Sunday, February 19, 2017

The benefits of Recreational Mathematics

Why study Recreational Mathematics?

Why do recreational Mathematics?

1)  The line between recreational and serious mathematics is thin. Some of the problems in so-called recreational math are harder than they look.

2) Inspiring. Both Lance and I were inspired by books by Martin Gardner, Ray Smullyan, Brian Hayes, and others.

3) Pedagogical: Understanding Godel's Inc. theorem via the Liar's paradox (Ray S has popularized that approach) is a nice way to teach the theorem to the layperson (and even to non-laypeople).

4) Rec math can be the starting point for so-called serious math. The Konigsberg bridge problem was the starting point for graph theory,  The fault diagnosis problem is a generalization of the Truth Tellers and Normals Problem. See here for a nice paper by Blecher on the ``recreational'' problem of given N people of which over half are truth tellers and the rest are normals, asking questions of the type ``is that guy a normal'' to determine whose who. See here for my writeup of  the algorithm for a slightly more general problem. See William Hurwoods Thesis: here for a review of the Fault Diagnosis Literature which includes Blecher's paper.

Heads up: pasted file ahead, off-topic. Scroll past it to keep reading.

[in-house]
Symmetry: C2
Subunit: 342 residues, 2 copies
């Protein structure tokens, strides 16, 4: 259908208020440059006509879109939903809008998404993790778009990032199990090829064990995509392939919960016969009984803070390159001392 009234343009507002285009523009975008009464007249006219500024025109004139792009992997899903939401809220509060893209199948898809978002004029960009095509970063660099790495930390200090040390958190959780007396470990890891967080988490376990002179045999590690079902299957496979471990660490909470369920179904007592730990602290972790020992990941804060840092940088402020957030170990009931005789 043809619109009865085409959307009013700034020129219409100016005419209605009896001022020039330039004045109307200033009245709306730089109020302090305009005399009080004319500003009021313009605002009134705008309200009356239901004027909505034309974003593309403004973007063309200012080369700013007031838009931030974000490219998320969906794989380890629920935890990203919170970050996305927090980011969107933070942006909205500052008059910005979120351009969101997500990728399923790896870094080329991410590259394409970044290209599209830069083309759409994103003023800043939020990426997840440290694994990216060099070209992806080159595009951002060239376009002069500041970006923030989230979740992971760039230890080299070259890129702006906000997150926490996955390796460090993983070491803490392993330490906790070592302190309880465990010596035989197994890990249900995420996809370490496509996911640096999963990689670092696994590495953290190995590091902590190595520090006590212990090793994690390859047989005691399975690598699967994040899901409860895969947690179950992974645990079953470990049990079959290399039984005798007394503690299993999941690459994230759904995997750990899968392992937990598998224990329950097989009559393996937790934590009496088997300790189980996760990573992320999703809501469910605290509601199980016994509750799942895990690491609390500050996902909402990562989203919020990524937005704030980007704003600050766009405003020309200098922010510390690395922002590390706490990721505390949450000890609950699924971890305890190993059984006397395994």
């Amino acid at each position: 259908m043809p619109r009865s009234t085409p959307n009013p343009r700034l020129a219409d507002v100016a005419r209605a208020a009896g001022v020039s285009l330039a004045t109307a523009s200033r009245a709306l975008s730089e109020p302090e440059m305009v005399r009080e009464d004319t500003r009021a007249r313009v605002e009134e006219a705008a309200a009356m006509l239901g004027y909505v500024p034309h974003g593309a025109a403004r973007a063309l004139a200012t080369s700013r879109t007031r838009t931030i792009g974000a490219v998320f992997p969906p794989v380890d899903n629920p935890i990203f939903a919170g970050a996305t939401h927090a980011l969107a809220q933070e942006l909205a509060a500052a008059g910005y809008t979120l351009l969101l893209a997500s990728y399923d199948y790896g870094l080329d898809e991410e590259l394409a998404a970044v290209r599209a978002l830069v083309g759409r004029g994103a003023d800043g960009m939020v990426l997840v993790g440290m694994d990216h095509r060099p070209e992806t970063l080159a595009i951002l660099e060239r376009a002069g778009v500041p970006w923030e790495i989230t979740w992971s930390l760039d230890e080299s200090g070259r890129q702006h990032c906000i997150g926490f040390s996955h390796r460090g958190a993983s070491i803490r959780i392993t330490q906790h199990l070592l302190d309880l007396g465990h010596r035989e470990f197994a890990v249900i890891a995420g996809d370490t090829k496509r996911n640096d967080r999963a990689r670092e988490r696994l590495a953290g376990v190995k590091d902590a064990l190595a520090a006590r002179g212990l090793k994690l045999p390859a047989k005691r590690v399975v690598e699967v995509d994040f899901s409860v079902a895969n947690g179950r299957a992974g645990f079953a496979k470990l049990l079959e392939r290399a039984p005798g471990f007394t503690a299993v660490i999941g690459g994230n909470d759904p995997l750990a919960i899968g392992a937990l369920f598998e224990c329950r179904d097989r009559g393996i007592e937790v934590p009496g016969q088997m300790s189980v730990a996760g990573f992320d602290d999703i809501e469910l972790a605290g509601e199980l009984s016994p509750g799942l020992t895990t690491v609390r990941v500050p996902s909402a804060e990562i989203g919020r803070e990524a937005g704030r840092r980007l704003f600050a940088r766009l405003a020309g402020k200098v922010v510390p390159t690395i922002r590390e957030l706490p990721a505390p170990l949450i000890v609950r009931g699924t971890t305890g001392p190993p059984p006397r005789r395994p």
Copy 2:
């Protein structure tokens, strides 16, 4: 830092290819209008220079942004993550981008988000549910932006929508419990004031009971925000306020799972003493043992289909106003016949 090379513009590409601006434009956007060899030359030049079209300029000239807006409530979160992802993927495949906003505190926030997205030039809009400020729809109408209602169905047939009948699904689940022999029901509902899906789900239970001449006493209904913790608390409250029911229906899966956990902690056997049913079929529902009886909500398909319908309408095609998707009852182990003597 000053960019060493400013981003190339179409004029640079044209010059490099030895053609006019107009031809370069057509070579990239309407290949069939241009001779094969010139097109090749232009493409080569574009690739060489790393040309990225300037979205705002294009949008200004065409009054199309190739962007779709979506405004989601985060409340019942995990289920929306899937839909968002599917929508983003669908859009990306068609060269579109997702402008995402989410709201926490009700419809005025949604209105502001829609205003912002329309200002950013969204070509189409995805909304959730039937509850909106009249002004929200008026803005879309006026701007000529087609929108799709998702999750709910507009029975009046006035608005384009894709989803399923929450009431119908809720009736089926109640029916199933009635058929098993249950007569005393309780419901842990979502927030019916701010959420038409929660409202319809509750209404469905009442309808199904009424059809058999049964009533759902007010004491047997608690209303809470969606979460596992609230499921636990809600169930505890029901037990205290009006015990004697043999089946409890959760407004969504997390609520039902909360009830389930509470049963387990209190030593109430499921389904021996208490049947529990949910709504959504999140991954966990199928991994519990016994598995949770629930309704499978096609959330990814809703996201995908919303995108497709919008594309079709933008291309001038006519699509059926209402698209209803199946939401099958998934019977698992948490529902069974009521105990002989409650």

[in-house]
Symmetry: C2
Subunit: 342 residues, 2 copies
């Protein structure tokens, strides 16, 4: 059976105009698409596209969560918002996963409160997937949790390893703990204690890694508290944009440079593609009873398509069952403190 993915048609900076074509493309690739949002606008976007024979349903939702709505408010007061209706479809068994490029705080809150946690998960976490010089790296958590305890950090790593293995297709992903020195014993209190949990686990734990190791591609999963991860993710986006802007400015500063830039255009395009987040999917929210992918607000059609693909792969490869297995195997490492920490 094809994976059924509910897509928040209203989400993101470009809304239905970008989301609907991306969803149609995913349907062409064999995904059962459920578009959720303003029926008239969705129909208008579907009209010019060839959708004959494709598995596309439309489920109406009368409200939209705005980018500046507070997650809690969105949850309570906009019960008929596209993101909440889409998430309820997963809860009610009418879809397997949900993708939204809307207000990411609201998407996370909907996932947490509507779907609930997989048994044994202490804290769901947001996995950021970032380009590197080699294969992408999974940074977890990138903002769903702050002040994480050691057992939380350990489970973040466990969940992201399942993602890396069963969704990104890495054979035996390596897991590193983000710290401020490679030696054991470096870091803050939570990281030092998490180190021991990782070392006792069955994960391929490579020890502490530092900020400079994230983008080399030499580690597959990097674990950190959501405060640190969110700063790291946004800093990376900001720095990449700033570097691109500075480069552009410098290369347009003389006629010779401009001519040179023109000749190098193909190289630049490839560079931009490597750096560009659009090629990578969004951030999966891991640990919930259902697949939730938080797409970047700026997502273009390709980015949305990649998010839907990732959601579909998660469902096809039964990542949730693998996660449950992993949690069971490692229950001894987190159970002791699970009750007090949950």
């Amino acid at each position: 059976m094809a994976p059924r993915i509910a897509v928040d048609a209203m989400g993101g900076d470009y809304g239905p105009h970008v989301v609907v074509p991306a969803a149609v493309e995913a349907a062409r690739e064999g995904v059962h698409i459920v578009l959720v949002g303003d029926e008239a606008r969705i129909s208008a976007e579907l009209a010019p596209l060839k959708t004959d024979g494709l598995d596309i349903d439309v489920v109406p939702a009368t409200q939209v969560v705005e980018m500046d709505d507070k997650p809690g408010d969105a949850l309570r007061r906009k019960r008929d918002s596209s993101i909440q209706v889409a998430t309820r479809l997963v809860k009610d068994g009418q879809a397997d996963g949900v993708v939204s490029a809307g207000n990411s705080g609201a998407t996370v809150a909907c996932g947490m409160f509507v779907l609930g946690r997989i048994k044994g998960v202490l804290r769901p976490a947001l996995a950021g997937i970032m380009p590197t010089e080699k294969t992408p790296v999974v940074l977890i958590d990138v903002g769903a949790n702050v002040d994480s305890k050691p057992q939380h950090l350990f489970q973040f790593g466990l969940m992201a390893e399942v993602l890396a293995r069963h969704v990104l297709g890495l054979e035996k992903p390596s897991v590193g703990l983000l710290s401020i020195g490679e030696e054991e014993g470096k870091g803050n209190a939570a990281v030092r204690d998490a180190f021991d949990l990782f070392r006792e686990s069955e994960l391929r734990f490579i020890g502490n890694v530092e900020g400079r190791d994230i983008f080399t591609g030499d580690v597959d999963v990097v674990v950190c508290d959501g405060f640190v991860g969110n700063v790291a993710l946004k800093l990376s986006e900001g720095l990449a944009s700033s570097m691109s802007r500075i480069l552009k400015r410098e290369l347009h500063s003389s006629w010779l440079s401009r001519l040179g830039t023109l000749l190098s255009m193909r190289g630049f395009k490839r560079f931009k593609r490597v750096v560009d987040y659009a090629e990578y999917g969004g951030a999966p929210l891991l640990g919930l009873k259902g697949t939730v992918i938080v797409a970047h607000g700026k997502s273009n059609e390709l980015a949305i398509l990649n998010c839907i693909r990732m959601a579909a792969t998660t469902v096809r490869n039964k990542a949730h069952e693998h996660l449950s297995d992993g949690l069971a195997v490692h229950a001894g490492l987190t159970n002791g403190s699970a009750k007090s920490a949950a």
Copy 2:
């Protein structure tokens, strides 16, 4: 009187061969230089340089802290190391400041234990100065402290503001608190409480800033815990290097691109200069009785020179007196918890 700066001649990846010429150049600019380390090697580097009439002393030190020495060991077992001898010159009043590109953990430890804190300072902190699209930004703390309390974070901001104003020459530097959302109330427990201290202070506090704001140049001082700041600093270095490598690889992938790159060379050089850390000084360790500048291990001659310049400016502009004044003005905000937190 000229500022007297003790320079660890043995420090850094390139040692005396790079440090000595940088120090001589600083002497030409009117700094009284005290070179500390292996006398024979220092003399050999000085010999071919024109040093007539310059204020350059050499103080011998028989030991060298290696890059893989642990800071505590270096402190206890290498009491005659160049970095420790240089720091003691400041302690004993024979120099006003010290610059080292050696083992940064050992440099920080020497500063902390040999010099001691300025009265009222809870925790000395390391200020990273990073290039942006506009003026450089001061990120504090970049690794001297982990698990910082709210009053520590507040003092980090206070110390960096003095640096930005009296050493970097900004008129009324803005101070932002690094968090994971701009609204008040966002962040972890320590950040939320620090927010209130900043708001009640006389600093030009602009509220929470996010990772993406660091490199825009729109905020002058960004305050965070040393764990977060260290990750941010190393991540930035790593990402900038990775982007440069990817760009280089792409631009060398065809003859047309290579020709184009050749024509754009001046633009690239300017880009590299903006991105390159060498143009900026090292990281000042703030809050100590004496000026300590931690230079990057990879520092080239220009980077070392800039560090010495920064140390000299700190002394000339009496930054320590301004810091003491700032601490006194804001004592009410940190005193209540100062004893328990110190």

I am sure there are many other examples and I invite the readers to write of them in the comments.

5) Rec math can be used to inspire HS students who don't quite have enough background to do so-called serious mathematics.

This post is a bit odd since I cannot imagine a serious counter-argument; however, if you disagree, leave an intelligent thoughtful comment with a contrary point of view.

Thursday, February 16, 2017

Liberatus Wins at Poker

Tuomas Sandholm (center) and Ph.D. student Noam Brown (via CMU)